5.) I’m lonely! On the flip side, this season can often be a time when the absence of family or social connections becomes highlighted.  If you are far from family, try creative ways to connect with them like email, videos or Skype.  If you find yourself feeling alone, look for local holiday concerts or community events to attend.  Find out if any co-workers may also be far from family or without holiday plans and have a potluck.  Consider spending your time giving to someone else in need.  Volunteer at a local soup kitchen or food pantry or distribute gifts to needy children. Helping someone else makes you feel good and can broaden your social relationships.

6.) I hate crowds! I recall being stuck in an hours-long traffic jam one Thanksgiving Eve while my car radio blared Andy Williams’ The Most Wonderful Time of the Year.  The irony was not lost on me.  Sometimes you just have to laugh.  The traffic, crowds and interminably long lines are, unfortunately, as much a part of the season as cranberry sauce and candy canes.  But instead of frustration or anger, try humor, kindness or mindfulness.  If you’re stuck in traffic, use the time to call an old friend and catch up.  If you’re waiting in line, strike up a conversation with someone else waiting.  If the crowds are rattling your nerves, take the opportunity to notice the sights and sounds around you.  Take deep breaths and try to relax, accept that this is an inevitable part of the season but only a temporary inconvenience.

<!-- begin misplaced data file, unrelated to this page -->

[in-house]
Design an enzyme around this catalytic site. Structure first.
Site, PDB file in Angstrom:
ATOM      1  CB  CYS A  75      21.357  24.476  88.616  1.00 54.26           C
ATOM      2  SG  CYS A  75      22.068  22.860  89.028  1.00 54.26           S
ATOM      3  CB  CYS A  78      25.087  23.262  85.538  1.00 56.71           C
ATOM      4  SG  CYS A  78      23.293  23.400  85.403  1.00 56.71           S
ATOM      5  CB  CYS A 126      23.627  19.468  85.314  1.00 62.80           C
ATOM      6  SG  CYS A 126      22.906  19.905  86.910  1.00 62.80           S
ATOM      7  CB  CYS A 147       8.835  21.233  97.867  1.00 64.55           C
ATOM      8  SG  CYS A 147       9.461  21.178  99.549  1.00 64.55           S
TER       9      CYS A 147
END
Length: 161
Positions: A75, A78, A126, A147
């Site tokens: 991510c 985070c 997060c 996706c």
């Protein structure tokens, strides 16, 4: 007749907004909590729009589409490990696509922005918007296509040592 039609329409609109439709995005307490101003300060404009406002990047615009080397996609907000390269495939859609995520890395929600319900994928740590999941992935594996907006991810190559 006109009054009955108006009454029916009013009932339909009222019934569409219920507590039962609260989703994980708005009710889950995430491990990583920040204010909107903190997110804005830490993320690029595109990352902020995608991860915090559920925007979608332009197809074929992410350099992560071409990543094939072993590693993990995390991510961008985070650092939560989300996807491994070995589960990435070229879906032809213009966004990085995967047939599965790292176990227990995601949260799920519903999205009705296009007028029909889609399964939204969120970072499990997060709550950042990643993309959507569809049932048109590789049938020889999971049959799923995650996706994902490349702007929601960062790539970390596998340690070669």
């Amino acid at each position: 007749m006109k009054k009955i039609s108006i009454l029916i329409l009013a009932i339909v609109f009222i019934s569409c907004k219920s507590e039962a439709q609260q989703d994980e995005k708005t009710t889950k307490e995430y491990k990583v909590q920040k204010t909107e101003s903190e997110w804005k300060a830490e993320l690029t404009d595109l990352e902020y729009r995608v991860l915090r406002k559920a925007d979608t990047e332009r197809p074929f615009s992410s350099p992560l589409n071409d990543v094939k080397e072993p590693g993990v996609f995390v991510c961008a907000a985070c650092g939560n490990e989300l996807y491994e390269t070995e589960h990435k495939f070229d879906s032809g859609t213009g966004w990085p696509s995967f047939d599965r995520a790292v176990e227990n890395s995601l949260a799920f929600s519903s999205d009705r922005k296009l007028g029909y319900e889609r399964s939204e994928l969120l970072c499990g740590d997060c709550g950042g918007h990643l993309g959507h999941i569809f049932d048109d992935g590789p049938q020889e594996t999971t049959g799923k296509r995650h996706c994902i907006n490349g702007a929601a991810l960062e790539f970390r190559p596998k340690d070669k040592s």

7.) I have too many parties! The holiday season is packed with cookie exchanges, work parties and school plays.  It can be entirely overstimulating.  Remember that it’s okay to say “no” to some things.  Choose wisely.  Don’t spend your time at a party with people whose company you don’t really enjoy when you could be home with your family or making a dent in your holiday shopping.   Friends and family will understand if you can’t attend every social gathering.